Bicarbonate is responsible for regulating pH in the small intestine. It is an electrolyte, but not one that we get from the foods we eat. Bicarbonate is a byproduct of the body’s metabolism, meaning that it is made in the body.
These essential minerals keep the body in full working condition. Too much or too little of any of them, and we suffer some serious consequences.
Where Do We Get Electrolytes From?
If you are in good health overall, and you eat a balanced diet, you should have no problems with electrolyte imbalance under normal circumstances. Just make sure to replenish your stores after a workout or if you are sick with vomiting or diarrhea.
Fruits and vegetables are packed with essential minerals, many of which are the electrolytes that we need in our bodies such as sodium, potassium, magnesium, calcium, and phosphorus. Dairy products, fish, seafood, and coconut water are also excellent sources of electrolytes.
Some people drink water or energy drinks that are infused with electrolytes to ensure that they get enough. For most people, this isn’t necessary, especially if one eats a balanced and varied diet. However, these supplements can come in handy for people who are sick with vomiting or diarrhea, or for people who are training for or competing in athletic events.
How to Get More Electrolytes
Upgrade your water by infusing it with fruit, herbs, and spices. Not only will this add a sweet, refreshing, or spicy kick to your water, it’ll also add some extra electrolytes.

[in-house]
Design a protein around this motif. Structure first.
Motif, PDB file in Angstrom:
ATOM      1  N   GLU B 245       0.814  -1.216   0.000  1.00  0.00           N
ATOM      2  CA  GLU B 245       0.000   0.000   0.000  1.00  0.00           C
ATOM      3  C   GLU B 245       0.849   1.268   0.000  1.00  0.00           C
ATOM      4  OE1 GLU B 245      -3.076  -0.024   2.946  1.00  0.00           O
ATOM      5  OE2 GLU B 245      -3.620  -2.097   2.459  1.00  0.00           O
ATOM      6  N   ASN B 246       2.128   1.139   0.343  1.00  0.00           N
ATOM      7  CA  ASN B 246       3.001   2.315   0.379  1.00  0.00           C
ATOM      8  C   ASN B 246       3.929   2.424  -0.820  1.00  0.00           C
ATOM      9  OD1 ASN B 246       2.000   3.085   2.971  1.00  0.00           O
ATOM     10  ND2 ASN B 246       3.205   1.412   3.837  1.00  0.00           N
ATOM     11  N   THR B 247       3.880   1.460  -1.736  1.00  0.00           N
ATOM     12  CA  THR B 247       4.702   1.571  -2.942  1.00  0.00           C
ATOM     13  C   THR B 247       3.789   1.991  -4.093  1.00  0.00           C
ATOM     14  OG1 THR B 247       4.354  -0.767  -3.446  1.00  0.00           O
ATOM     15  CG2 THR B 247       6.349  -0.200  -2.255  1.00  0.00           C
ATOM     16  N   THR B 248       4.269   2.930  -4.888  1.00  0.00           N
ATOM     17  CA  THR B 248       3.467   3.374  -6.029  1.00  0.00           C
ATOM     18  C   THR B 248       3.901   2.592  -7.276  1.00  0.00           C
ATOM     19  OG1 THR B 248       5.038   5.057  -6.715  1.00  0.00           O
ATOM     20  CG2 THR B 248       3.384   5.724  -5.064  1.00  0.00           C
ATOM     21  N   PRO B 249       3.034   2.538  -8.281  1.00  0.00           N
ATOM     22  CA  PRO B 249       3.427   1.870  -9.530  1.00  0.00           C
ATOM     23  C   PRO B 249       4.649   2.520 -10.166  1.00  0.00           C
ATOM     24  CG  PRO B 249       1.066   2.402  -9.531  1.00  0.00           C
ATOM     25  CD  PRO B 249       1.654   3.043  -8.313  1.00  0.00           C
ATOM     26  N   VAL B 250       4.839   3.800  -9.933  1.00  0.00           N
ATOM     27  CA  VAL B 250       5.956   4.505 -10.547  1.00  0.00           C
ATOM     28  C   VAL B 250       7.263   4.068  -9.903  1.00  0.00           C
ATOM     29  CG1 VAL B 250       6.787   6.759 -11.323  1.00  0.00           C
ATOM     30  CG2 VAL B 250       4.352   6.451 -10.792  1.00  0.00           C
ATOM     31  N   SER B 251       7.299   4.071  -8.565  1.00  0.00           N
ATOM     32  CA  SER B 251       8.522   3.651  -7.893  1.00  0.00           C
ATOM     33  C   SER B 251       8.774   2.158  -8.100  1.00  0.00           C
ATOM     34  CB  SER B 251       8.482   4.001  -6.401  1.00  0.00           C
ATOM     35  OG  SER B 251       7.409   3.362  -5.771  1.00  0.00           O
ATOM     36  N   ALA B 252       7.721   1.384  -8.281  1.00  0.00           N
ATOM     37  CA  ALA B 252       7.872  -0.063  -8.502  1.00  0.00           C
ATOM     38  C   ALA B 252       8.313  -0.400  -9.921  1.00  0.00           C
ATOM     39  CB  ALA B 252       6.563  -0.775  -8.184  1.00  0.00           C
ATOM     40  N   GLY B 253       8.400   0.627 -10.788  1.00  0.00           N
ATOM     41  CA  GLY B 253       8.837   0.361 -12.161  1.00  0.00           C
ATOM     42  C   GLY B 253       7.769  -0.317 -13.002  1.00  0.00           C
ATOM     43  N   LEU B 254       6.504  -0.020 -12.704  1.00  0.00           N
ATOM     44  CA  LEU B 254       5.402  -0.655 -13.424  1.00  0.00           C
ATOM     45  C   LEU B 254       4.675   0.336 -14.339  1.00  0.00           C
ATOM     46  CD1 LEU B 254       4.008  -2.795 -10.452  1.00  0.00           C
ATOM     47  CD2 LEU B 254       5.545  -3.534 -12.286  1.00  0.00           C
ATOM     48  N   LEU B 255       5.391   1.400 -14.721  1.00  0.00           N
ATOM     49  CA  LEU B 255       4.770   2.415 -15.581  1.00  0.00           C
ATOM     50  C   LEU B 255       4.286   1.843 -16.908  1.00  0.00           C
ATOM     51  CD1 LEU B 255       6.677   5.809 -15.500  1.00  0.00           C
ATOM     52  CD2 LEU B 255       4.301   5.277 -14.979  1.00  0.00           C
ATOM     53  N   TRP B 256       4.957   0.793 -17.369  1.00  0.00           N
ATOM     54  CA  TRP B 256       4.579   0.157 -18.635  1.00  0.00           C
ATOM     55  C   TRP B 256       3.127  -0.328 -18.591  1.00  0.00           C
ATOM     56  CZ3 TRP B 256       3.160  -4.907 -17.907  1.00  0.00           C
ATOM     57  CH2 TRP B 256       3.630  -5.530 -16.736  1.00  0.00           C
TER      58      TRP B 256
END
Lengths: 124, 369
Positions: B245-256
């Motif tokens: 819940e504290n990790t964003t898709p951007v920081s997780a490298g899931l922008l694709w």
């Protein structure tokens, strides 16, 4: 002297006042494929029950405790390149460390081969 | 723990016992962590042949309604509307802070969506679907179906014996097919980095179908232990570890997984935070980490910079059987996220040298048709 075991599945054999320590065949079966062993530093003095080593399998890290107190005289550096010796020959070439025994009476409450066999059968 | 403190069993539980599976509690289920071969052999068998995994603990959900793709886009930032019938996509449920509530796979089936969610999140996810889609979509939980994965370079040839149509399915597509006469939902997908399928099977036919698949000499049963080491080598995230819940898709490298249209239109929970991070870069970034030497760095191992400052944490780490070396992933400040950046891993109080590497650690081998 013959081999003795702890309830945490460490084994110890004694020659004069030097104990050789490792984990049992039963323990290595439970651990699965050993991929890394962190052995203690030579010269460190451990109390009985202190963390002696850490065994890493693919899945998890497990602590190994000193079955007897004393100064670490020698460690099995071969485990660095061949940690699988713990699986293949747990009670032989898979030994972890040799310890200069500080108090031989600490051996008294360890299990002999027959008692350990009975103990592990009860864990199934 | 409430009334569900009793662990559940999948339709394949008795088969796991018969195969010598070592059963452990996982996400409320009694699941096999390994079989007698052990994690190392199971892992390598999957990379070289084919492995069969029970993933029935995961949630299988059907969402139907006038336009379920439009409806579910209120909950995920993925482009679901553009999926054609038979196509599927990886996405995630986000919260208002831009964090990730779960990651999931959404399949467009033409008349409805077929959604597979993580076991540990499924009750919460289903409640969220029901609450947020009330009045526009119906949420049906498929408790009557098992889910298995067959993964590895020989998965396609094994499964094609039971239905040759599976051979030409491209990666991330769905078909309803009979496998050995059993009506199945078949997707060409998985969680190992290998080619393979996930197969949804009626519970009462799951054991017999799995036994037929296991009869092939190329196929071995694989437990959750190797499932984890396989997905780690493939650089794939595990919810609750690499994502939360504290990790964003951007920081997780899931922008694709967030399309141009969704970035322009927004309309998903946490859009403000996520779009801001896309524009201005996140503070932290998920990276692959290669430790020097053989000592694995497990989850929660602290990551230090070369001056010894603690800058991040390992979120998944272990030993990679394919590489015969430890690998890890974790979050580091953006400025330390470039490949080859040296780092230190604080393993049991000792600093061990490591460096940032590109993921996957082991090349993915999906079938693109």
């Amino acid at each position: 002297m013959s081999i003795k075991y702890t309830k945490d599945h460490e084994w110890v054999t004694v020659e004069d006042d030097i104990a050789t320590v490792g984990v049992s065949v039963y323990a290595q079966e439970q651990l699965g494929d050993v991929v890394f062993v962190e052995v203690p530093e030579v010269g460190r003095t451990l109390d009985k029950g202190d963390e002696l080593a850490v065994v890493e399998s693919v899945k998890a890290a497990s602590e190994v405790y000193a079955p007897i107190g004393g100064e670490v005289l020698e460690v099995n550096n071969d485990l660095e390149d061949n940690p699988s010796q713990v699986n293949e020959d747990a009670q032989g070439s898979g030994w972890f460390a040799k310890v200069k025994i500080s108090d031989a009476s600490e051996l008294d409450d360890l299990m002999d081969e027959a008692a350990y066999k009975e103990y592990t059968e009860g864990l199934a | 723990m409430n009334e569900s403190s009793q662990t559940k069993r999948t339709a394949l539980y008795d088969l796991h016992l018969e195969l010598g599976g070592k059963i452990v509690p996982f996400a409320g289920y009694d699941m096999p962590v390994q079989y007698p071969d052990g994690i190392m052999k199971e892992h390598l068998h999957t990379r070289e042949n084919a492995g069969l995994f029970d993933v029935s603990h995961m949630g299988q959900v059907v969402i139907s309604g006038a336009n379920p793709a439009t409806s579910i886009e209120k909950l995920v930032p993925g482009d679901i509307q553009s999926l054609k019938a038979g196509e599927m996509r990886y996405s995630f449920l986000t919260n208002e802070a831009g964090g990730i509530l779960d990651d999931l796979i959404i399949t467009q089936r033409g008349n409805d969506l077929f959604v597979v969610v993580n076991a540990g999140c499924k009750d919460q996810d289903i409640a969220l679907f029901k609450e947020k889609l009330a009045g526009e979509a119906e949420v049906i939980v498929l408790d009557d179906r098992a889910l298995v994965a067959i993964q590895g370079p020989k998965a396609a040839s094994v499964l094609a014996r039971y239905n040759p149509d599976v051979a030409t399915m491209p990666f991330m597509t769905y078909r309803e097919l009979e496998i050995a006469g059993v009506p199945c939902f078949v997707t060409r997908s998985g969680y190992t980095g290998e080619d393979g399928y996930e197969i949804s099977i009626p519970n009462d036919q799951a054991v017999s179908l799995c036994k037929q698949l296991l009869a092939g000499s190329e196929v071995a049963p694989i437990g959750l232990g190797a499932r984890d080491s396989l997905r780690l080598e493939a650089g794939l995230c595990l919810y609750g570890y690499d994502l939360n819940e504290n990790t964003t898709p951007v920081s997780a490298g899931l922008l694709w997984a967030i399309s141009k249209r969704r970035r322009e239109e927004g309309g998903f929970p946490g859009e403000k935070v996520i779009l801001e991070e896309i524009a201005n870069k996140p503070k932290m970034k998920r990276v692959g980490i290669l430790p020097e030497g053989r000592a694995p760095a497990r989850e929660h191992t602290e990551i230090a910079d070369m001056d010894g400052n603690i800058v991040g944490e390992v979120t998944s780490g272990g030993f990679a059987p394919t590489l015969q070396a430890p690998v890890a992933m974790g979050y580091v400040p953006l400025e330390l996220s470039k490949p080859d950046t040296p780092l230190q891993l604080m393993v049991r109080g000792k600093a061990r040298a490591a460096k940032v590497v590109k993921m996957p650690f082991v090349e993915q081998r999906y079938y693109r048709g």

For a refreshing infused water recipe, use ingredients like lemon, mint, and cucumber. For sweet-flavored water, add any combination of strawberries, raspberries, blueberries, mint leaves, and lemon verbena. Spice up your water by adding slices of ginger root, turmeric root, cloves, cinnamon, lime, and lemon.
Replace regular table salt with sea salt for added electrolytes. Himalayan and Celtic sea salts are available in most grocery stores and provide not only sodium, but magnesium, calcium, and potassium as well.
If you’re worried about your electrolyte levels, add a pinch of sea salt to your water, or sprinkle a little on top of an avocado or a baked sweet potato, both of which are rich in essential minerals potassium, magnesium, and phosphorus.
If you have a juicer or a blender at home, vegetable and fruit-based drinks are a healthy and efficient way to replace lost electrolytes. For an extra boost, add coconut water to your shakes. It is full of electrolytes, including sodium, potassium, calcium, magnesium, and phosphorus.
Bone broth is an excellent source of electrolytes; it contains calcium, sodium, potassium, and magnesium. You can up your electrolytes by simply having a steaming-hot bowl of bone broth, or by using bone broth as an ingredient when cooking other foods, such as soups, stews, and grains.
Everyone needs to have a proper balance of electrolytes in order to function. Too much or too little of any electrolyte can have serious consequences. As long as you are staying hydrated and eating a varied and healthy diet, you shouldn’t need to worry about an electrolyte imbalance. People who are very active or those at risk for dehydration because of illness should pay special attention and replace lost electrolytes through infused water, juice, or electrolyte-rich foods.